The location, in blocks, of the metadata root that has been ‘held’ for userspace read access. ‘-‘ indicates there is no held root.
Whether or not discards are actually being passed down to the underlying device. When this is enabled when loading the table, it can get disabled if the underlying device doesn’t support it.
If the pool encounters certain types of device failures it will drop into a read-only metadata mode in which no changes to the pool metadata (like allocating new blocks) are permitted.
In serious cases where even a read-only mode is deemed unsafe no further I/O will be permitted and the status will just contain the string ‘Fail’. The userspace recovery tools should then be used.
If the pool runs out of data or metadata space, the pool will either queue or error the IO destined to the data device. The default is to queue the IO until more space is added or the ‘no_space_timeout’ expires. The ‘no_space_timeout’ dm-thin-pool module parameter can be used to change this timeout – it defaults to 60 seconds but may be disabled using a value of 0.
A metadata operation has failed, resulting in the needs_check flag being set in the metadata’s superblock. The metadata device must be deactivated and checked/repaired before the thin-pool can be made fully operational again. ‘-‘ indicates needs_check is not set.
Value of metadata low watermark in blocks. The kernel sets this value internally but userspace needs to know this value to determine if an event was caused by crossing this threshold.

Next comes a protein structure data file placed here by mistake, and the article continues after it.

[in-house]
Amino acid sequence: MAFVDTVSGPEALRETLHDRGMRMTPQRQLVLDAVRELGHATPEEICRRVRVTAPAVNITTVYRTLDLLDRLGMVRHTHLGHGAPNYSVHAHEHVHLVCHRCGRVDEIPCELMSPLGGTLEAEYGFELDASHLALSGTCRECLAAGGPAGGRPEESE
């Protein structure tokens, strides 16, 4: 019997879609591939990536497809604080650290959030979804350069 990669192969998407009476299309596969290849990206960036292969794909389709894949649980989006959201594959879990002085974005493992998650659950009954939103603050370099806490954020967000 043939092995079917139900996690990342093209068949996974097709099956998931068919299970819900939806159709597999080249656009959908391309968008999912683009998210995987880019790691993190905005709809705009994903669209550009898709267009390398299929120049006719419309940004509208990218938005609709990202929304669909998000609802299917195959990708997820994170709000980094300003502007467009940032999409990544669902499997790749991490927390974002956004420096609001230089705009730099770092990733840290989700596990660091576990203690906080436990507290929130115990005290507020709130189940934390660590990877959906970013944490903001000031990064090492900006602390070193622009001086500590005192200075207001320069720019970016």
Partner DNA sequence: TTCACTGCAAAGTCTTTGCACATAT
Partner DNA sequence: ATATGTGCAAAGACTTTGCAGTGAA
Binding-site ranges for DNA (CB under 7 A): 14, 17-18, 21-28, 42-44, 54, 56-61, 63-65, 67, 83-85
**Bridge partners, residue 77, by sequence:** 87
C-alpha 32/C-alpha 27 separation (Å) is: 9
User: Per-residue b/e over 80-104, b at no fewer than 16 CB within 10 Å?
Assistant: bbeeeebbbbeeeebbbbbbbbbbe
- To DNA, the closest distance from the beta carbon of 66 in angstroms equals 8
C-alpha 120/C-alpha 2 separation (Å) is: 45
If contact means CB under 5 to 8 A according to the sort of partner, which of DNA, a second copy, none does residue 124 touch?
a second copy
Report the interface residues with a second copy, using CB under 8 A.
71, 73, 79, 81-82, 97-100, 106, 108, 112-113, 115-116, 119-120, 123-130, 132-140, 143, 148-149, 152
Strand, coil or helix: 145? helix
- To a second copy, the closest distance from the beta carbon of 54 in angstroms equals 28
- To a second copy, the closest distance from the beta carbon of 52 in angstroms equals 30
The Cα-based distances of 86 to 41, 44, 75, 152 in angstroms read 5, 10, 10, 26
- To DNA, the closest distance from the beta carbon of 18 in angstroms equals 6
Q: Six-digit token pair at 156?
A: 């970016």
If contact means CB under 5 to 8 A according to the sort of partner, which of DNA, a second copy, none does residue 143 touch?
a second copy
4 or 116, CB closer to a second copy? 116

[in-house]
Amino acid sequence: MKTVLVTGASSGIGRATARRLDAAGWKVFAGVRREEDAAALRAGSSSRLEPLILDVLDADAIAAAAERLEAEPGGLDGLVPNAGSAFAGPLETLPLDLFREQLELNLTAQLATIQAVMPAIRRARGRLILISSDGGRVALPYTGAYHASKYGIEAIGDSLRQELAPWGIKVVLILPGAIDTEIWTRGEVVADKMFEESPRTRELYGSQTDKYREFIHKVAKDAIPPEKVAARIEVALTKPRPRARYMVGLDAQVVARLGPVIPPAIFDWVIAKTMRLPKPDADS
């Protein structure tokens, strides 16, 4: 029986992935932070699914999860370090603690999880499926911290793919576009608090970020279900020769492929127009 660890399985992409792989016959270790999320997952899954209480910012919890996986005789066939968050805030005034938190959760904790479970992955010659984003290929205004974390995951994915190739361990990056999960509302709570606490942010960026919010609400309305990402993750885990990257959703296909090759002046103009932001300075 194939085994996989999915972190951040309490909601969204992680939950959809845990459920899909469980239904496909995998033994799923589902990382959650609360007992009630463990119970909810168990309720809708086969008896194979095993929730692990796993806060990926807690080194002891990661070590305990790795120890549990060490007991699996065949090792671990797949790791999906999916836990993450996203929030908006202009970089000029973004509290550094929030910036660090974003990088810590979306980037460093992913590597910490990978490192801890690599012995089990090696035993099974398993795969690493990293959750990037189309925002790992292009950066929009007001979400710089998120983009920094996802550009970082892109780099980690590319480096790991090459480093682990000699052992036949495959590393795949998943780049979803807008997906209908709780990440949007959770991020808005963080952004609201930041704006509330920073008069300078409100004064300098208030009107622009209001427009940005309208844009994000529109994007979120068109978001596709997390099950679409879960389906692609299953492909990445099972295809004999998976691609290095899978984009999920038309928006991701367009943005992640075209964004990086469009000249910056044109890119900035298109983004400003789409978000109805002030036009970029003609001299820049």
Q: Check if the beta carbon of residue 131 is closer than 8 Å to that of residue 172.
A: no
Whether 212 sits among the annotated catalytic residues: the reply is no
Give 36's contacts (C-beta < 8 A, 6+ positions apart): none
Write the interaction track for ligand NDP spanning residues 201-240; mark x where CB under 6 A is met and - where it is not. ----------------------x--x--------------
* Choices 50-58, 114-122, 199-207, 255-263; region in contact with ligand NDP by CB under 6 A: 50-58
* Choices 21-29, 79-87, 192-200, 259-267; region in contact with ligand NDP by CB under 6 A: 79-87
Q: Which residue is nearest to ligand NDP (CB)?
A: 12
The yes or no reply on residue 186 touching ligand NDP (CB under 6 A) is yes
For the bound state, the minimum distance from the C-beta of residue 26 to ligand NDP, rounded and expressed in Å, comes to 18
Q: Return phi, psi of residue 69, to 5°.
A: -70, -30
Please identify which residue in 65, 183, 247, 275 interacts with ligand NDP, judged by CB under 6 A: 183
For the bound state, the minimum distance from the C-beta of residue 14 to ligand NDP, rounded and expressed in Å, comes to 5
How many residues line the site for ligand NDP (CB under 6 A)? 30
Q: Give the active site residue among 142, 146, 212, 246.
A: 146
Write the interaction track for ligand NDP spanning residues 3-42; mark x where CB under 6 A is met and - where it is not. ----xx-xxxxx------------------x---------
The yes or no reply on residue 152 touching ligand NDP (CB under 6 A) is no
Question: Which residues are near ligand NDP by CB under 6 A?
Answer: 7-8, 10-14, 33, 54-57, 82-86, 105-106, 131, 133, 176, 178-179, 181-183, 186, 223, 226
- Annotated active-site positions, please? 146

- create_thin <dev id>
- Create a new thinly-provisioned device. <dev id> is an arbitrary unique 24-bit identifier chosen by the caller.
- create_snap <dev id> <origin id>
- Create a new snapshot of another thinly-provisioned device. <dev id> is an arbitrary unique 24-bit identifier chosen by the caller. <origin id> is the identifier of the thinly-provisioned device of which the new device will be a snapshot.
- delete <dev id>
- Deletes a thin device. Irreversible.
- set_transaction_id <current id> <new id>
- Userland volume managers, such as LVM, need a way to synchronise their external metadata with the internal metadata of the pool target. The thin-pool target offers to store an arbitrary 64-bit transaction id and return it on the target’s status line. To avoid races you must provide what you think the current transaction id is when you change it with this compare-and-swap message.
- Reserve a copy of the data mapping btree for use by userland. This allows userland to inspect the mappings as they were when this message was executed. Use the pool’s status command to get the root block associated with the metadata snapshot.
- Release a previously reserved copy of the data mapping btree.
thin <pool dev> <dev id> [<external origin dev>]
- pool dev:
the thin-pool device, e.g. /dev/mapper/my_pool or 253:0
- dev id:
the internal device identifier of the device to be activated.
- external origin dev:
an optional block device outside the pool to be treated as a read-only snapshot origin: reads to unprovisioned areas of the thin target will be mapped to this device.
The pool doesn’t store any size against the thin devices. If you load a thin target that is smaller than you’ve been using previously, then you’ll have no access to blocks mapped beyond the end. If you load a target that is bigger than before, then extra blocks will be provisioned as and when needed.
- <nr mapped sectors> <highest mapped sector>
If the pool has encountered device errors and failed, the status will just contain the string ‘Fail’. The userspace recovery tools should then be used.
In the case where <nr mapped sectors> is 0, there is no highest mapped sector and the value of <highest mapped sector> is unspecified.